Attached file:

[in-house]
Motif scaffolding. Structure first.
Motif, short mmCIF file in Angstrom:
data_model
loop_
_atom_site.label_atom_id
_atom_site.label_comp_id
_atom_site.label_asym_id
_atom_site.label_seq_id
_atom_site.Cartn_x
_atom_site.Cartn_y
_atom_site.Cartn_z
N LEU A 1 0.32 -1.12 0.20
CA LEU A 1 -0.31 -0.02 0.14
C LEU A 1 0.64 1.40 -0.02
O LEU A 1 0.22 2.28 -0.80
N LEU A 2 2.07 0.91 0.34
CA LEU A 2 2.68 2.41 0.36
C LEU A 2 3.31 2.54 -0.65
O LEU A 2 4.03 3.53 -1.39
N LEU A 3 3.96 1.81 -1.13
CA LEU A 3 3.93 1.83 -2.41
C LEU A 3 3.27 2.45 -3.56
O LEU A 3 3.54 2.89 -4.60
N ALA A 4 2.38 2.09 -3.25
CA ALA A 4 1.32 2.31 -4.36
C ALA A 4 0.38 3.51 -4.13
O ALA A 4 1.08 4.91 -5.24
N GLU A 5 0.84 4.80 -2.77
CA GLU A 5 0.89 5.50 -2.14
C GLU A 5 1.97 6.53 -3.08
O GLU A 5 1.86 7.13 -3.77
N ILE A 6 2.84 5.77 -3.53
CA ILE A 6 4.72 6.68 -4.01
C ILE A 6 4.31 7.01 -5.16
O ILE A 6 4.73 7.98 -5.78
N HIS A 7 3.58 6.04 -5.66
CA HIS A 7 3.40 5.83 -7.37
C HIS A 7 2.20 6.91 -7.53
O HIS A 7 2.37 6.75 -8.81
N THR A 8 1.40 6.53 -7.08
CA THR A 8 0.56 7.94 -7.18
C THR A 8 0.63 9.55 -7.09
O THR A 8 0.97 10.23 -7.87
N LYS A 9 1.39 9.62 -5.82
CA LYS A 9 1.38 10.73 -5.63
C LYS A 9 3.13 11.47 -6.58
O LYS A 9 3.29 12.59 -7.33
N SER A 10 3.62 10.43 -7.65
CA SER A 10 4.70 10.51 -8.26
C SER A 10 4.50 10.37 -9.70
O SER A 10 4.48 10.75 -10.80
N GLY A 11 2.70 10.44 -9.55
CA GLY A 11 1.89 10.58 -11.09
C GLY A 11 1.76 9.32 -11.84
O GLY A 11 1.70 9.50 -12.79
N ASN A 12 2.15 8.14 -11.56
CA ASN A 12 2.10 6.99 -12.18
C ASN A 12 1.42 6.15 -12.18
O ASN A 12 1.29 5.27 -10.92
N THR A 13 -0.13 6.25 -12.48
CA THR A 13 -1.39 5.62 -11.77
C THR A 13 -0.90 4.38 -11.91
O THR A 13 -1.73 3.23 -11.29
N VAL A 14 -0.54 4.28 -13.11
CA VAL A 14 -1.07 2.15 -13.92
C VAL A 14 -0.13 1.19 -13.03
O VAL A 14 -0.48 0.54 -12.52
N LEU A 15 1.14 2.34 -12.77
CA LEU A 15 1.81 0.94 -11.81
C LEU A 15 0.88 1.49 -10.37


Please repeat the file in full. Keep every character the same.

[in-house]
Motif scaffolding. Structure first.
Motif, short mmCIF file in Angstrom:
data_model
loop_
_atom_site.label_atom_id
_atom_site.label_comp_id
_atom_site.label_asym_id
_atom_site.label_seq_id
_atom_site.Cartn_x
_atom_site.Cartn_y
_atom_site.Cartn_z
N LEU A 1 0.32 -1.12 0.20
CA LEU A 1 -0.31 -0.02 0.14
C LEU A 1 0.64 1.40 -0.02
O LEU A 1 0.22 2.28 -0.80
N LEU A 2 2.07 0.91 0.34
CA LEU A 2 2.68 2.41 0.36
C LEU A 2 3.31 2.54 -0.65
O LEU A 2 4.03 3.53 -1.39
N LEU A 3 3.96 1.81 -1.13
CA LEU A 3 3.93 1.83 -2.41
C LEU A 3 3.27 2.45 -3.56
O LEU A 3 3.54 2.89 -4.60
N ALA A 4 2.38 2.09 -3.25
CA ALA A 4 1.32 2.31 -4.36
C ALA A 4 0.38 3.51 -4.13
O ALA A 4 1.08 4.91 -5.24
N GLU A 5 0.84 4.80 -2.77
CA GLU A 5 0.89 5.50 -2.14
C GLU A 5 1.97 6.53 -3.08
O GLU A 5 1.86 7.13 -3.77
N ILE A 6 2.84 5.77 -3.53
CA ILE A 6 4.72 6.68 -4.01
C ILE A 6 4.31 7.01 -5.16
O ILE A 6 4.73 7.98 -5.78
N HIS A 7 3.58 6.04 -5.66
CA HIS A 7 3.40 5.83 -7.37
C HIS A 7 2.20 6.91 -7.53
O HIS A 7 2.37 6.75 -8.81
N THR A 8 1.40 6.53 -7.08
CA THR A 8 0.56 7.94 -7.18
C THR A 8 0.63 9.55 -7.09
O THR A 8 0.97 10.23 -7.87
N LYS A 9 1.39 9.62 -5.82
CA LYS A 9 1.38 10.73 -5.63
C LYS A 9 3.13 11.47 -6.58
O LYS A 9 3.29 12.59 -7.33
N SER A 10 3.62 10.43 -7.65
CA SER A 10 4.70 10.51 -8.26
C SER A 10 4.50 10.37 -9.70
O SER A 10 4.48 10.75 -10.80
N GLY A 11 2.70 10.44 -9.55
CA GLY A 11 1.89 10.58 -11.09
C GLY A 11 1.76 9.32 -11.84
O GLY A 11 1.70 9.50 -12.79
N ASN A 12 2.15 8.14 -11.56
CA ASN A 12 2.10 6.99 -12.18
C ASN A 12 1.42 6.15 -12.18
O ASN A 12 1.29 5.27 -10.92
N THR A 13 -0.13 6.25 -12.48
CA THR A 13 -1.39 5.62 -11.77
C THR A 13 -0.90 4.38 -11.91
O THR A 13 -1.73 3.23 -11.29
N VAL A 14 -0.54 4.28 -13.11
CA VAL A 14 -1.07 2.15 -13.92
C VAL A 14 -0.13 1.19 -13.03
O VAL A 14 -0.48 0.54 -12.52
N LEU A 15 1.14 2.34 -12.77
CA LEU A 15 1.81 0.94 -11.81
C LEU A 15 0.88 1.49 -10.37